14. This a good question to ask yourself, “What are you holding on to that’s no longer serving you?” from Jenn at Roots of She.

15. These two posts from SF Girl by Bay make me happy: A Handmade Home and Tulpina, Unique Floral Design.

16. 10 Things I’ve Learned from Anne Lamott. I adore Anne Lamott. She said of this post, “This person really did an amazing job of distlling what I am hoping to convey in my work. I’d forgotten writing in Op Ins that we’d all thought that having a kid wd be more like having a cat. And mostly I think that if I have a message, it is that we can unlearn the stupid, perfectionistic, efficiency-and-achievement driven BS our parents instilled in us. we NEED to “waste” time and paper if we are going to become artists. We need to fail and flail more, and make more messes and mistakes, not less. Send money to the Sierra Club every few months and then feel free toOVER-print-out your drafts, so you can hold the paper in your hands, and scribble on it with pen or pencil, and hear the sound of it between your fingers. That is an ancient and sacred sound.”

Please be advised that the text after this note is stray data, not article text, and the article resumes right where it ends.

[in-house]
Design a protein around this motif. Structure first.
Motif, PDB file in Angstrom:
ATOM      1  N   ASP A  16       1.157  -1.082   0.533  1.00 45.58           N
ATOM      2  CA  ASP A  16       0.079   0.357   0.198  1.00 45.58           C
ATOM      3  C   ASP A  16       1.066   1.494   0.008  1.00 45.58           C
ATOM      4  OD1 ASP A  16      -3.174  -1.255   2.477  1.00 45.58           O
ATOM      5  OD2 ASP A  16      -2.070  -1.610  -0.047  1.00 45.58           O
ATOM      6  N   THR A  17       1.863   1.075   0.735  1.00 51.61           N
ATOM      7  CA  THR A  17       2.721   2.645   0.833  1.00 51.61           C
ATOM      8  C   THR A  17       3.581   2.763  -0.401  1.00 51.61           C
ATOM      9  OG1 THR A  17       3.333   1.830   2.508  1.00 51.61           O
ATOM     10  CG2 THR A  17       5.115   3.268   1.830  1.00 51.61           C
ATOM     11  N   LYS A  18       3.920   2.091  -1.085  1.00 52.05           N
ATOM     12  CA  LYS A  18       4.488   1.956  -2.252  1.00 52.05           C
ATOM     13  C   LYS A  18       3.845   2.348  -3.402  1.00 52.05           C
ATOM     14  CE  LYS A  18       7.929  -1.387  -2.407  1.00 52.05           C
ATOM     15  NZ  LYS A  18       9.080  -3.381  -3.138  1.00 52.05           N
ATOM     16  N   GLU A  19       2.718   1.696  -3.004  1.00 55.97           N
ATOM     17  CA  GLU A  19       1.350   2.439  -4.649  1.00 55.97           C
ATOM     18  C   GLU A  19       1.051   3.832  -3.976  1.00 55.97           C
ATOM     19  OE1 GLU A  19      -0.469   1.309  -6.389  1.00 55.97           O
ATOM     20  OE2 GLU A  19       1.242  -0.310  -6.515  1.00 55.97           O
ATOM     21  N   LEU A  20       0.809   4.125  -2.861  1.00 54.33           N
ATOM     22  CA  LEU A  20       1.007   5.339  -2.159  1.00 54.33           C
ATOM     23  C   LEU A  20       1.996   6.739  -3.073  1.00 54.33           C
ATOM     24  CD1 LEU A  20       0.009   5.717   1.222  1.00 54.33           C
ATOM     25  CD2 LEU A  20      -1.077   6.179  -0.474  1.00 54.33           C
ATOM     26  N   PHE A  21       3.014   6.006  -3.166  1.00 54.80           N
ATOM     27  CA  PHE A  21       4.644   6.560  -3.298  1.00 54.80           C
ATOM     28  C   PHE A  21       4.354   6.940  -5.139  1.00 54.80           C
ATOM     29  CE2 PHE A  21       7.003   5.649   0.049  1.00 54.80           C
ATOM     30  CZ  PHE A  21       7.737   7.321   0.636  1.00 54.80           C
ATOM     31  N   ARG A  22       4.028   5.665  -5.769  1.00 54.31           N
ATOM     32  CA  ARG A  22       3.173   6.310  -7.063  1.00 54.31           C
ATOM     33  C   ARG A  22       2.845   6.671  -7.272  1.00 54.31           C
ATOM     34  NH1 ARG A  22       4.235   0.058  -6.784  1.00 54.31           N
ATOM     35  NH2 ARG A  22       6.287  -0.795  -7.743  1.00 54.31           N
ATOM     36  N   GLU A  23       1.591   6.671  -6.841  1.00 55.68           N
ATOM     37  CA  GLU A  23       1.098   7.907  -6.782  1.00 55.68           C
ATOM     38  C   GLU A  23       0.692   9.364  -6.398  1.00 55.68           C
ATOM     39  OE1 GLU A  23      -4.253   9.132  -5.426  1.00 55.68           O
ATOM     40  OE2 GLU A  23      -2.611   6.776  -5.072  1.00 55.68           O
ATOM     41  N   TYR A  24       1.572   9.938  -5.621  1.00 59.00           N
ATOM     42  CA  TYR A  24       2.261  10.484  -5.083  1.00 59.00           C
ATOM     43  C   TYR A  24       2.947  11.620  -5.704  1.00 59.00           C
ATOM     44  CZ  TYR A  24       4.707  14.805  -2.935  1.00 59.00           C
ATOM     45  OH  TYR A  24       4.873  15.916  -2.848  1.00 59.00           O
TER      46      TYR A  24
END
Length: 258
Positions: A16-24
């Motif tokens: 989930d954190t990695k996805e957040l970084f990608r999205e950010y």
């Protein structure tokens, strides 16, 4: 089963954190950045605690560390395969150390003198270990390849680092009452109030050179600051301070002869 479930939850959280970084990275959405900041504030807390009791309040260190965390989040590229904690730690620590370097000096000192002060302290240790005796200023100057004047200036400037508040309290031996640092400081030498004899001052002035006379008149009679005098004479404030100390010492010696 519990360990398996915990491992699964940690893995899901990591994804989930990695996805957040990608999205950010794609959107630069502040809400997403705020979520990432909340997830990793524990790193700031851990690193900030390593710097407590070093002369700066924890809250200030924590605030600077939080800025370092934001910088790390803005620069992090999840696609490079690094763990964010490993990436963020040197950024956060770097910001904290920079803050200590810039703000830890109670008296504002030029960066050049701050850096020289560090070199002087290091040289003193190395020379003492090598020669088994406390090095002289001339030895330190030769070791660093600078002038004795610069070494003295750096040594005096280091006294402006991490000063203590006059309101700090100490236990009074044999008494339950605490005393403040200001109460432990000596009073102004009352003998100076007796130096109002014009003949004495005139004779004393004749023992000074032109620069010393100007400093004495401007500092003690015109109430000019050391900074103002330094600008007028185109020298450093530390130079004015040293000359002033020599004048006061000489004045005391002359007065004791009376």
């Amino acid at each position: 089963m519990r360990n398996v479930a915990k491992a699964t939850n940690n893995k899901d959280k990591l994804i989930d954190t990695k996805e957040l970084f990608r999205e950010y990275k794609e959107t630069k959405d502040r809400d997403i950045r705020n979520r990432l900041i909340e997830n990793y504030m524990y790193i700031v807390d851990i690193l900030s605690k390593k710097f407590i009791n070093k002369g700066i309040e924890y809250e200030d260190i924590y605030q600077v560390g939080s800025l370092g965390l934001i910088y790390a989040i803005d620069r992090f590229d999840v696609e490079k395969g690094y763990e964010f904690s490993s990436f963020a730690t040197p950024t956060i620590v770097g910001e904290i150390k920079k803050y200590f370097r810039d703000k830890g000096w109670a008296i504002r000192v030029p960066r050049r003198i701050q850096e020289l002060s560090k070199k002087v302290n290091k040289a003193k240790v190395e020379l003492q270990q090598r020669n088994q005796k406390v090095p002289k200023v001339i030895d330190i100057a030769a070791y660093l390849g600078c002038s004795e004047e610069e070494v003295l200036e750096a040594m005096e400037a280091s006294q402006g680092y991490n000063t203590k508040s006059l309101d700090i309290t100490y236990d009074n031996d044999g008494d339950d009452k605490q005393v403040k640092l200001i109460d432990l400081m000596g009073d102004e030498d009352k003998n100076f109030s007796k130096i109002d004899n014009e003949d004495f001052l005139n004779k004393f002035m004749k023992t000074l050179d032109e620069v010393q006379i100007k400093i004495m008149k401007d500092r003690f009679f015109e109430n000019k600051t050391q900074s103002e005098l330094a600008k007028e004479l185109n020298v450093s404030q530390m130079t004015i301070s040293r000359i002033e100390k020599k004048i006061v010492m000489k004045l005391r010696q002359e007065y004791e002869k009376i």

17. Thinks Like Me from ZeFrank. It’s hard to not have a crush on this boy.

18. Things I’m Afraid to Tell You. This is a great collection of posts, and a brave writing prompt idea.

19. Ronna Detrick and Fabeku Fatunmise talking about “Bigness.” The way he describes it, bigness sounds an awful lot like basic goodness.

20. This quote from Jennifer Loudenwhich describes exactly my reason for writing (besides the fact that I love it), my reason for practicing, my reason for living:

…because I am here to practice being beloved. And to teach this practice. To help myself, and hopefully you, know, through every cell of our being, that we are beloved. To know that truth as the glue that holds us together. Then, by knowing ourselves beloved, we hold every creature beloved, too. And act accordingly.

21. Exploded flowers.

Joy Jam

What were the 3-5 things that gave you joy this week?